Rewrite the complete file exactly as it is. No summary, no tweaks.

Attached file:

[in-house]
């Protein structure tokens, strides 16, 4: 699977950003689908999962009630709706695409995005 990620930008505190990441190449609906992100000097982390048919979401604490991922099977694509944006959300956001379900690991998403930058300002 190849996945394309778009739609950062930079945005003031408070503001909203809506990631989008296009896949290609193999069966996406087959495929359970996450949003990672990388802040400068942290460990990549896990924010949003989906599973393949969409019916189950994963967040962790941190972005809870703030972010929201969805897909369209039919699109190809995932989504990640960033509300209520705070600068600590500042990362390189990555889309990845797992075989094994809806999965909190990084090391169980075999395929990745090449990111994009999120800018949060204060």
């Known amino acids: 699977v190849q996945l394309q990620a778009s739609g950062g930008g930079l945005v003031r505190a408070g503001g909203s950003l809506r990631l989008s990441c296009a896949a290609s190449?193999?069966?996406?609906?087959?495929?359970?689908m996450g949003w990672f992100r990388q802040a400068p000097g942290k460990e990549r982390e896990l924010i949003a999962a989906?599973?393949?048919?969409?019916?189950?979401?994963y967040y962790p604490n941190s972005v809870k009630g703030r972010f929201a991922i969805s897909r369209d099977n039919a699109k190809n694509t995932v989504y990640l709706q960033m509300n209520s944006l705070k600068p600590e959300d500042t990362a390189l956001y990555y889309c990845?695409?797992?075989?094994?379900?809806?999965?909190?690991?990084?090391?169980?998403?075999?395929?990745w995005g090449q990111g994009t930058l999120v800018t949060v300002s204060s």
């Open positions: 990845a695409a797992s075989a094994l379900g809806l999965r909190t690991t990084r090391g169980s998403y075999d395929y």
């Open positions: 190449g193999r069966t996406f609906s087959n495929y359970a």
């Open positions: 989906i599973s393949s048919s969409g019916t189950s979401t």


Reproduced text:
[in-house]
């Protein structure tokens, strides 16, 4: 699977950003689908999962009630709706695409995005 990620930008505190990441190449609906992100000097982390048919979401604490991922099977694509944006959300956001379900690991998403930058300002 190849996945394309778009739609950062930079945005003031408070503001909203809506990631989008296009896949290609193999069966996406087959495929359970996450949003990672990388802040400068942290460990990549896990924010949003989906599973393949969409019916189950994963967040962790941190972005809870703030972010929201969805897909369209039919699109190809995932989504990640960033509300209520705070600068600590500042990362390189990555889309990845797992075989094994809806999965909190990084090391169980075999395929990745090449990111994009999120800018949060204060």
């Known amino acids: 699977v190849q996945l394309q990620a778009s739609g950062g930008g930079l945005v003031r505190a408070g503001g909203s950003l809506r990631l989008s990441c296009a896949a290609s190449?193999?069966?996406?609906?087959?495929?359970?689908m996450g949003w990672f992100r990388q802040a400068p000097g942290k460990e990549r982390e896990l924010i949003a999962a989906?599973?393949?048919?969409?019916?189950?979401?994963y967040y962790p604490n941190s972005v809870k009630g703030r972010f929201a991922i969805s897909r369209d099977n039919a699109k190809n694509t995932v989504y990640l709706q960033m509300n209520s944006l705070k600068p600590e959300d500042t990362a390189l956001y990555y889309c990845?695409?797992?075989?094994?379900?809806?999965?909190?690991?990084?090391?169980?998403?075999?395929?990745w995005g090449q990111g994009t930058l999120v800018t949060v300002s204060s």
């Open positions: 990845a695409a797992s075989a094994l379900g809806l999965r909190t690991t990084r090391g169980s998403y075999d395929y």
């Open positions: 190449g193999r069966t996406f609906s087959n495929y359970a």
């Open positions: 989906i599973s393949s048919s969409g019916t189950s979401t």